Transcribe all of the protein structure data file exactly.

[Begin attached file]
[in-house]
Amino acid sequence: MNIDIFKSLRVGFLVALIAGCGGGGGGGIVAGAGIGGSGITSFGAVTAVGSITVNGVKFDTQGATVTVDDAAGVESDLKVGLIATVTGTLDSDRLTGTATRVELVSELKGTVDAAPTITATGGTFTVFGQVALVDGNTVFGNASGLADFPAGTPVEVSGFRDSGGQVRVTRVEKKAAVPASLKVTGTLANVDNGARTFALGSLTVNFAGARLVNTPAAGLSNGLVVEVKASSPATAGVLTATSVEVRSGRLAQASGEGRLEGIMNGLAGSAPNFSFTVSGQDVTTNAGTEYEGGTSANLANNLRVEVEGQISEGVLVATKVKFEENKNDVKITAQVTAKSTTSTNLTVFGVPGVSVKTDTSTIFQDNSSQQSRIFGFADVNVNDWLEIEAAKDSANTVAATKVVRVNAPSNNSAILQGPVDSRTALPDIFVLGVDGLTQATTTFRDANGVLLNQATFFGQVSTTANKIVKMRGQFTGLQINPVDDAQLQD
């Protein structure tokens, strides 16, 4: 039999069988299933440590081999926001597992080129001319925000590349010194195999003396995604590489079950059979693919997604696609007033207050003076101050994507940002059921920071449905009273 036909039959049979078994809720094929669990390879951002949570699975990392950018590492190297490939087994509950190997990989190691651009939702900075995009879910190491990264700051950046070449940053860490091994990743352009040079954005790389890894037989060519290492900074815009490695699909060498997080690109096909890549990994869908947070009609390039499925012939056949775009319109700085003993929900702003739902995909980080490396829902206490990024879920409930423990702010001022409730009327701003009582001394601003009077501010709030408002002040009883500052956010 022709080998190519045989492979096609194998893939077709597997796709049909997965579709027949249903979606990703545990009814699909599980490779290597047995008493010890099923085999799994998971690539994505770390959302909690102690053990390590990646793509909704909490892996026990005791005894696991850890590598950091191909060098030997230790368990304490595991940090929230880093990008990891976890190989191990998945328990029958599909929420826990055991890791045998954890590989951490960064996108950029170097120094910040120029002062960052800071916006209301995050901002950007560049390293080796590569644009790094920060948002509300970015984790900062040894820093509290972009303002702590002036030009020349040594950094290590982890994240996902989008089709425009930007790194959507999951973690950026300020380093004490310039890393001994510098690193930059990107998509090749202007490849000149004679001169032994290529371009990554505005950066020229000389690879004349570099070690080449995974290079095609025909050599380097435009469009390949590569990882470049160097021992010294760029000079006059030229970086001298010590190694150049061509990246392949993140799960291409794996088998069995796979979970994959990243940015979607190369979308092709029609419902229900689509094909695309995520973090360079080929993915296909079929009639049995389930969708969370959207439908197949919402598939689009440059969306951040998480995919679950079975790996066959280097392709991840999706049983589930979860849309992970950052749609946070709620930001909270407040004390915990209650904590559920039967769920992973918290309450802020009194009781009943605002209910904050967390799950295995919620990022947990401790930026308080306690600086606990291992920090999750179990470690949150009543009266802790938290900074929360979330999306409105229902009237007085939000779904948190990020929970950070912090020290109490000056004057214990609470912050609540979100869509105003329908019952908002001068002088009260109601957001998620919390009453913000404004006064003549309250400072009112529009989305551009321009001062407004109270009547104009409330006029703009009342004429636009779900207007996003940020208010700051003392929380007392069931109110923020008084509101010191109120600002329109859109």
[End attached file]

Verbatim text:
[in-house]
Amino acid sequence: MNIDIFKSLRVGFLVALIAGCGGGGGGGIVAGAGIGGSGITSFGAVTAVGSITVNGVKFDTQGATVTVDDAAGVESDLKVGLIATVTGTLDSDRLTGTATRVELVSELKGTVDAAPTITATGGTFTVFGQVALVDGNTVFGNASGLADFPAGTPVEVSGFRDSGGQVRVTRVEKKAAVPASLKVTGTLANVDNGARTFALGSLTVNFAGARLVNTPAAGLSNGLVVEVKASSPATAGVLTATSVEVRSGRLAQASGEGRLEGIMNGLAGSAPNFSFTVSGQDVTTNAGTEYEGGTSANLANNLRVEVEGQISEGVLVATKVKFEENKNDVKITAQVTAKSTTSTNLTVFGVPGVSVKTDTSTIFQDNSSQQSRIFGFADVNVNDWLEIEAAKDSANTVAATKVVRVNAPSNNSAILQGPVDSRTALPDIFVLGVDGLTQATTTFRDANGVLLNQATFFGQVSTTANKIVKMRGQFTGLQINPVDDAQLQD
């Protein structure tokens, strides 16, 4: 039999069988299933440590081999926001597992080129001319925000590349010194195999003396995604590489079950059979693919997604696609007033207050003076101050994507940002059921920071449905009273 036909039959049979078994809720094929669990390879951002949570699975990392950018590492190297490939087994509950190997990989190691651009939702900075995009879910190491990264700051950046070449940053860490091994990743352009040079954005790389890894037989060519290492900074815009490695699909060498997080690109096909890549990994869908947070009609390039499925012939056949775009319109700085003993929900702003739902995909980080490396829902206490990024879920409930423990702010001022409730009327701003009582001394601003009077501010709030408002002040009883500052956010 022709080998190519045989492979096609194998893939077709597997796709049909997965579709027949249903979606990703545990009814699909599980490779290597047995008493010890099923085999799994998971690539994505770390959302909690102690053990390590990646793509909704909490892996026990005791005894696991850890590598950091191909060098030997230790368990304490595991940090929230880093990008990891976890190989191990998945328990029958599909929420826990055991890791045998954890590989951490960064996108950029170097120094910040120029002062960052800071916006209301995050901002950007560049390293080796590569644009790094920060948002509300970015984790900062040894820093509290972009303002702590002036030009020349040594950094290590982890994240996902989008089709425009930007790194959507999951973690950026300020380093004490310039890393001994510098690193930059990107998509090749202007490849000149004679001169032994290529371009990554505005950066020229000389690879004349570099070690080449995974290079095609025909050599380097435009469009390949590569990882470049160097021992010294760029000079006059030229970086001298010590190694150049061509990246392949993140799960291409794996088998069995796979979970994959990243940015979607190369979308092709029609419902229900689509094909695309995520973090360079080929993915296909079929009639049995389930969708969370959207439908197949919402598939689009440059969306951040998480995919679950079975790996066959280097392709991840999706049983589930979860849309992970950052749609946070709620930001909270407040004390915990209650904590559920039967769920992973918290309450802020009194009781009943605002209910904050967390799950295995919620990022947990401790930026308080306690600086606990291992920090999750179990470690949150009543009266802790938290900074929360979330999306409105229902009237007085939000779904948190990020929970950070912090020290109490000056004057214990609470912050609540979100869509105003329908019952908002001068002088009260109601957001998620919390009453913000404004006064003549309250400072009112529009989305551009321009001062407004109270009547104009409330006029703009009342004429636009779900207007996003940020208010700051003392929380007392069931109110923020008084509101010191109120600002329109859109």